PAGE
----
Wrangell Alaska

Home of the Anan Bear and Wildlife Observatory


The City and Borough of Wrangell (Tlingit: Ḵaachx̱aana.áakʼw) is a borough in Alaska. The Tlingit people residing in the Wrangell area, who were there centuries before Europeans, call themselves the Shtaxʼhéen Ḵwáan after the nearby Stikine River. Alternately they use the autonym Shxʼát Ḵwáan, where the meaning of shxʼát is unknown.

Wildlife abounds in Wrangell Alaska. A variety of excursions get you up close to glaciers, black and brown bears, eagles, sea lions, harbor seals, whales, salmon and halibut to name a few. The Anan Bear and Wildlife Observatory is a favorite spot to view brown and black bears feasting on salmon.

Other historic and cultural attractions In Wrangell include Chief Shakes Island and Tribal House and Petroglyph Beach State Historic Park. For golf enthusiasts, Wrangell, Alaska is proud to be the home of Muskeg Meadows, the only regulation USGA rated golf course in Southeast Alaska, which has tournaments almost every weekend.
Travel the Stikine River to visit the places where gold miners camped and garnets were mined, and see the abundant wildlife that lured the Hudson Bay Company to establish a settlement.

Petroglyph Beach:

Some of the best surviving examples of native artistic expression are petroglyphs found in southeast Alaska. Petroglyph is a word derived from the Greek “petra” and “glyphe” for rock and carving. Petroglyphs are designs or symbols pecked into rocks. They are found on boulders and bedrock outcrops on the shore just above or below mean high tide usually near important salmon streams and habitation sites. The rock is metamorphic and tends to be dark gray, fine grained, moderately hard and durable, and highly fractured. Beach access is easy. There is an accessible boardwalk to a deck overlooking Petroglyph Beach, the Stikine River and Zimovia Straits.

Anan Anan Bear and Wildlife Observatory:

Anan Creek is an ancient Tlingit native fishing site. The Anan estuary and Observatory is accessible by boat or plane. Anan Creek has the largest pink salmon run in Southeast Alaska, attracting significant numbers of black and brown bears to feast on the bounty. The U.S. Forest Service has developed an Observatory, a covered deck area, that gives you an opportunity to watch the bears up close. The observation platform and photo blind overlook cascading falls where the salmon jump up river and the bears catch their meal. Accessible by boat or floatplane.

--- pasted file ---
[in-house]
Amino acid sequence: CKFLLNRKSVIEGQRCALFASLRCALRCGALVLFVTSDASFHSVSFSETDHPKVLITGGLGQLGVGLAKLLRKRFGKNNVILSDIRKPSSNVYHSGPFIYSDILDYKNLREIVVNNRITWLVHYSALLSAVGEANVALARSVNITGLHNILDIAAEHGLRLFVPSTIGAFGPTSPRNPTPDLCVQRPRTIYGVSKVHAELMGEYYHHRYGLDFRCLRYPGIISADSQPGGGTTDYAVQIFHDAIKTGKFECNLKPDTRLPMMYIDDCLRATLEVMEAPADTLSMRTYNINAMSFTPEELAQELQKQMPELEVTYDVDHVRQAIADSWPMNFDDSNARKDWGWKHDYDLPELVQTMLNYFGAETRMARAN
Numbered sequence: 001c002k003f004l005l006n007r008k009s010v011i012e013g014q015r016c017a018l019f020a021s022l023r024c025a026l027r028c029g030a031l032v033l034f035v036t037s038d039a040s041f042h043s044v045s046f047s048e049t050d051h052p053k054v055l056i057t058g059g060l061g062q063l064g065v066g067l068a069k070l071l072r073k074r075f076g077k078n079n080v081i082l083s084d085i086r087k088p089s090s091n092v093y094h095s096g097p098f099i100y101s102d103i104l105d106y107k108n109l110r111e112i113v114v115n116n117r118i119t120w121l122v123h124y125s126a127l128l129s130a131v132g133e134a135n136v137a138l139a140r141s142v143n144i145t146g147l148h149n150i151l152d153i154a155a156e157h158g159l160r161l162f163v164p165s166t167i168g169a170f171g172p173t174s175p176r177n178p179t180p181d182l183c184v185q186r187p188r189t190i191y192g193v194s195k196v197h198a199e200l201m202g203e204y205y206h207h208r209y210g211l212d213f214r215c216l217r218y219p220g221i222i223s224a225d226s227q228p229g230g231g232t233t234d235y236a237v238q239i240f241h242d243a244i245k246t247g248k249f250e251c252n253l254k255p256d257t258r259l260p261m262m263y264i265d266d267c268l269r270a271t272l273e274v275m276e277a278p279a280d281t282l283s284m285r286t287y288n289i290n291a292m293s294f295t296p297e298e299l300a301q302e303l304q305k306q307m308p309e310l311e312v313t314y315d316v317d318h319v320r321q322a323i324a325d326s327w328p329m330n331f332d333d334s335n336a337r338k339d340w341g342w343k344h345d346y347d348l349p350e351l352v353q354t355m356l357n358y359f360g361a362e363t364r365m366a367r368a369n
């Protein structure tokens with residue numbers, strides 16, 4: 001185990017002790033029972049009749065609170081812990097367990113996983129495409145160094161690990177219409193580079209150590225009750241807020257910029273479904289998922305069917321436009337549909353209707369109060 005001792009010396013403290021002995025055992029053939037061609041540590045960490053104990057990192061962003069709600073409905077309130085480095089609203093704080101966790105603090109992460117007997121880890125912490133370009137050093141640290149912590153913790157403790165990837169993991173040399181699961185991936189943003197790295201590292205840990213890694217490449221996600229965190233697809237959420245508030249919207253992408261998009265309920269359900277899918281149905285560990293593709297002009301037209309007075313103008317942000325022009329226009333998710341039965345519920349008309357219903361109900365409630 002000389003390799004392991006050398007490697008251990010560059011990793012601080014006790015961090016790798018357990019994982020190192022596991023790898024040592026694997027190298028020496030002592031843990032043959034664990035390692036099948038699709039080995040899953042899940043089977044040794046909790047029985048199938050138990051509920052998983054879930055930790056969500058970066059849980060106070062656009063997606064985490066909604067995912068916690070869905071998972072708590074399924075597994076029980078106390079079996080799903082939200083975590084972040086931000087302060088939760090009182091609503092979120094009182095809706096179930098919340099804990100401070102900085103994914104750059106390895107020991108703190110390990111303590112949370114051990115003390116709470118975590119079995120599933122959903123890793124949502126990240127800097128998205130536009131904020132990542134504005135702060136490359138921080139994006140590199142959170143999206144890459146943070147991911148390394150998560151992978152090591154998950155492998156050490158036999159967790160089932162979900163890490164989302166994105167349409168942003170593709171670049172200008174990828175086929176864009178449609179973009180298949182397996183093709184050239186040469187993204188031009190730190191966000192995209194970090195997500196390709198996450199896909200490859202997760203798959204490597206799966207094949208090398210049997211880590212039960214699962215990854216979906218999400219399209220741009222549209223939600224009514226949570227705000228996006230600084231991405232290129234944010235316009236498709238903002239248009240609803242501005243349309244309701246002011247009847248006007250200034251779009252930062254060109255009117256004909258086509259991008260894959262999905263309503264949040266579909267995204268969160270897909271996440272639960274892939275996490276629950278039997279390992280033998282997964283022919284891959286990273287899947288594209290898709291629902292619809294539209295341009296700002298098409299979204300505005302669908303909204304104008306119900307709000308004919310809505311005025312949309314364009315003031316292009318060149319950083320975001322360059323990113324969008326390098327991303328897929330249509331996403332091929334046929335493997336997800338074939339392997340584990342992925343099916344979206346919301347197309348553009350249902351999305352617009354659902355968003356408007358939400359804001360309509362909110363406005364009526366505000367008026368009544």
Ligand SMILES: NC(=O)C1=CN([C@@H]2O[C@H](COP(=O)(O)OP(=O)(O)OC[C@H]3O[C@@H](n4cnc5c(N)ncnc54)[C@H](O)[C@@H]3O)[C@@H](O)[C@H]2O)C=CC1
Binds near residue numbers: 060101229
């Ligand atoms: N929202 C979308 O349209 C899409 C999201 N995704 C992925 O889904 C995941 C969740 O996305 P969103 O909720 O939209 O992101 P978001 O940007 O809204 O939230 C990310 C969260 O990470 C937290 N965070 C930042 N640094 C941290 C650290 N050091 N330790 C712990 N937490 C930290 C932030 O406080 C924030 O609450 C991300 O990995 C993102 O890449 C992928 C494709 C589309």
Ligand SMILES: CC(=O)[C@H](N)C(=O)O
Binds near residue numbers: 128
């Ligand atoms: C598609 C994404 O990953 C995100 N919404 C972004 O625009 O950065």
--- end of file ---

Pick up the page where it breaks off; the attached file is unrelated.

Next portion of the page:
Huge runs of salmon migrate from the open ocean, around Prince of Wales Island, and into the protected waters of the Inside passage near Ketchikan. This mass gathering of five species of salmon is the reason that this area is known as the “Salmon capitol of the world”. This region of Alaska is particularly noted for its strong runs of trophy fish. The finest salt water fishing for giant halibut, red snapper, ling cod, and rock cod is also available.


Depart the Wrangell waterfront and immediately enter the lush wilderness of the Tongass National Forest with an experienced Alaska bush pilot. Whether you want to land on a mountain lake, fly over fjords, view glaciers and wildlife or just enjoy the phenomenal and breathtaking beauty of the last frontier. Scheduled services are also available to Prince of Wales, Metlakatla, and Hyder.


Wrangell is in the maritime climatic zone and experiences cool summers, mild winters, and year-round rainfall. Summer temperatures typically range from 42 to 64; winter temperatures range from 21 to 44. Average annual precipitation is 82 inches, including 64 inches of snowfall. Fog is common from September through December.


The City of Wrangell is located on the northwest tip of Wrangell Island, 155 miles south of Juneau and 89 miles northwest of Ketchikan. It is near the mouth of the Stikine River, a historic trade route to the Canadian Interior.


Wrangell can be accessed by jet directly from Seattle. You can also get to Wrangell via Alaska’s Marine Highway System. Wrangell has harbor facilities and moorage for private yachts and sailboats. Kayak, canoe, and skiff rentals and charter flights can also be arranged. Private planes can land at the municipal airport.


Wrangell has major visitor amenities and services. Accommodations range from hotels and bed and breakfasts to Forest Service cabins. Cafes, eateries and grocery stores are also available along with outdoor equipment rentals including kayaks, canoes, and bicycles. Wrangell has its own hospital and clinic facilities. Accommodations range from hotels and bed and breakfasts to Forest Service cabins and three-sided public use shelters.